Barcelona’s Quique Setién talks chess, lockdown and rondos

Barcelona's players during a training session. // PERE PUNTÍ - PERE PUNTÍ
Barcelona’s players during a training session. // PERE PUNTÍ – PERE PUNTÍ

Barcelona’s new manager, Quique Setién, talks about his time in confinement, in an interview by his friend and beach football legend, Ramiro Amarelle.

Time in confinement has been a theme for many, and as there are different ways of coping with it, Barcelona’s newly appointed manager, Quique Setién, has spent it with his family, playing online chess, and doing work-outs.

During an interview with his friend that he knows from when he himself used to play beach football, Ramiro Amarelle, the Cantabrian manager reflected on Barça’s training sessions. More specifically, he focused on the one-touch exercise, also known as the rondo, where he does not believe he is ‘one of the worst’.

“I do really well in the rondos. I am not one of the worst,” Setién said, before reflecting on what football has meant to him throughout his life and career.

Setién says he is where he is today ‘because of the ball’.

“I have spent more than 40 years living football and it’s been a privilege my entire life. The ball is always what has attracted me, it is what I have enjoyed the most, and I hope to keep on doing so, for many years to come.”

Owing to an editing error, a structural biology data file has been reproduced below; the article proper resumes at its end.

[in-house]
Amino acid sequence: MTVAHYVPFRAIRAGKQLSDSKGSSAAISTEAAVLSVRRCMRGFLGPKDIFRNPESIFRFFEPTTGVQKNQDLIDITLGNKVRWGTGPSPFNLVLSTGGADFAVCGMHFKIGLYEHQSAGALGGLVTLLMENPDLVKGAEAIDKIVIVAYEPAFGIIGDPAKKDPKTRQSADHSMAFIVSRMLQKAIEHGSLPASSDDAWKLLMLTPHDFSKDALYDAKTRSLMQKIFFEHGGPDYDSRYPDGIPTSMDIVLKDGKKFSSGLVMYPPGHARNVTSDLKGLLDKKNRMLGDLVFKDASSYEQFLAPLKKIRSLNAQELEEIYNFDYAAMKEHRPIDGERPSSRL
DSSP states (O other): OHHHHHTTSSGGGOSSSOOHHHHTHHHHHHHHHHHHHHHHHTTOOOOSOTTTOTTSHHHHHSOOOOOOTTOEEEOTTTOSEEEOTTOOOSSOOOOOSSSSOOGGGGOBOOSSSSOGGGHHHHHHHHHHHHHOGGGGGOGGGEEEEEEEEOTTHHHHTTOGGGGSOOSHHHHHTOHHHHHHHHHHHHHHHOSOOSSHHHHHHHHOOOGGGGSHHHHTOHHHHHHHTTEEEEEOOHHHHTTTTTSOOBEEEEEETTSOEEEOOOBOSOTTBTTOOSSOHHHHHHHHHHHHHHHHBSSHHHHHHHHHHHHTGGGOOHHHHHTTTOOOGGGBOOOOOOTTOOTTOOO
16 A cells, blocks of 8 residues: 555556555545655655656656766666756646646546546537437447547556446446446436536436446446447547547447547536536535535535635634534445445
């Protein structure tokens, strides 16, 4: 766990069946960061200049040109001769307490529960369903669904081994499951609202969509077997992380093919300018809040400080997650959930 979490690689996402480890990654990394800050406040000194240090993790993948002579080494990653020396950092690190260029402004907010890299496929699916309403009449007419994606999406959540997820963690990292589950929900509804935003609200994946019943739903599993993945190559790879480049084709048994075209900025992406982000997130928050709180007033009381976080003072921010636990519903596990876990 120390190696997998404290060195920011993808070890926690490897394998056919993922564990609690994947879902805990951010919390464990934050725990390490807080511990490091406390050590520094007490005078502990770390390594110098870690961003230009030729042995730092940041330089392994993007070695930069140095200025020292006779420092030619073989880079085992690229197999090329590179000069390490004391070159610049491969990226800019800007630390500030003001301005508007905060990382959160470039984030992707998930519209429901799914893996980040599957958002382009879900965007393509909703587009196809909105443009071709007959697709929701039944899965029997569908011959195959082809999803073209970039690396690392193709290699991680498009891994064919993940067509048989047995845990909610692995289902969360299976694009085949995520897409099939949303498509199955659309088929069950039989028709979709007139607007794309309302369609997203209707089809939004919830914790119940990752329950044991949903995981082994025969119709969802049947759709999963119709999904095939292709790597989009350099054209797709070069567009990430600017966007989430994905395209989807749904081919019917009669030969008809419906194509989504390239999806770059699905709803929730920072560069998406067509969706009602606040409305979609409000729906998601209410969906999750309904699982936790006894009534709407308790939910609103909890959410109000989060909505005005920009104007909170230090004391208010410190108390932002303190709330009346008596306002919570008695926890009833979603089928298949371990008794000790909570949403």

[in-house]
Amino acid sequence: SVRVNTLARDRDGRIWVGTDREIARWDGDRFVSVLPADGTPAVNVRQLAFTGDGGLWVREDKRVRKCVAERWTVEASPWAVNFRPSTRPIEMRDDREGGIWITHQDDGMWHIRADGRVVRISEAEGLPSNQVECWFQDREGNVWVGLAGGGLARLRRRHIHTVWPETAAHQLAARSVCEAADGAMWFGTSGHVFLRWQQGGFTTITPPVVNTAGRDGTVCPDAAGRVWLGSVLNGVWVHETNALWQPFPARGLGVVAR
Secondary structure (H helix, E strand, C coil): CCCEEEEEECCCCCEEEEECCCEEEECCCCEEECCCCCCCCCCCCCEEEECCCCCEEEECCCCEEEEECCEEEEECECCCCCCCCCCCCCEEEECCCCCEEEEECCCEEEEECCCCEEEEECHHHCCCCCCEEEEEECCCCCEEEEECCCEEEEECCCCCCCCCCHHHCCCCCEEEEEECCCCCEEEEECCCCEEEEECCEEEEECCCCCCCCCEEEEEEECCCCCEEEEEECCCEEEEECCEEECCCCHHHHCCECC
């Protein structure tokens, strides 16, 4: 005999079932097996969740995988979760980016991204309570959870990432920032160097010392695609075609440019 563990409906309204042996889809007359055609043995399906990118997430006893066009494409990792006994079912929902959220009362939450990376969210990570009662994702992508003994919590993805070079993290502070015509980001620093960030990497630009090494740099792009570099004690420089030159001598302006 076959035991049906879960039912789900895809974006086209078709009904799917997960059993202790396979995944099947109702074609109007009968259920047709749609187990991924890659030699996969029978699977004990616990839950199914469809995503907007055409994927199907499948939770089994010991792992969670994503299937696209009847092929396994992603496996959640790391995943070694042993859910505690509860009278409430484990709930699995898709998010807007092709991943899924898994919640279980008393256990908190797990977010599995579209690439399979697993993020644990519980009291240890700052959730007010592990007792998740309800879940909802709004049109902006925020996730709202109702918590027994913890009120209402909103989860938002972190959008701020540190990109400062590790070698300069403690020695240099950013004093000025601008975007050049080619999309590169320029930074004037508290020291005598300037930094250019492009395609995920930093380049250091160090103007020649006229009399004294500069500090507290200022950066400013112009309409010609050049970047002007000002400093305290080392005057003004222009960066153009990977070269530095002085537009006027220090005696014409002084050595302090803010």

Before Spain entered the State of Emergency, the Cantabrian manager’s wife and daughter were out of town, and had they not arrived in Barcelona prior to the lockdown, Setién would have spent the time in confinement on his own.

Luckily for him, however, that is not the case.

“A few days before the lockdown they closed the school, so they [my daughter and wife] jumped in the car and came [to Barcelona]. I am happy because it [being] on your own is not the same as [being] with the family,” he explained.

Barça’s newly appointed manager has since done his part to keep himself in shape, by doing work-outs with his wife.

“When we get to 18 sit-ups I am out, but she can make the 20 they ask for. She is in good shape,” he adds, before talking about chess, which, as much as he loves it, can be just as infuriating at times.

“Every now and then, I play chess on the Internet, but I have not played for four or five days now. I was on a catastrophic run and I did not want to play. I have taken a break because I was doing worse every time I was playing, and I was getting angry,” Setién explained.

The 61-year-old manager signed with Barcelona in January, days before he originally was going to train an Egyptian team. He ended up taking over from the now unattached manager, Ernesto Valverde.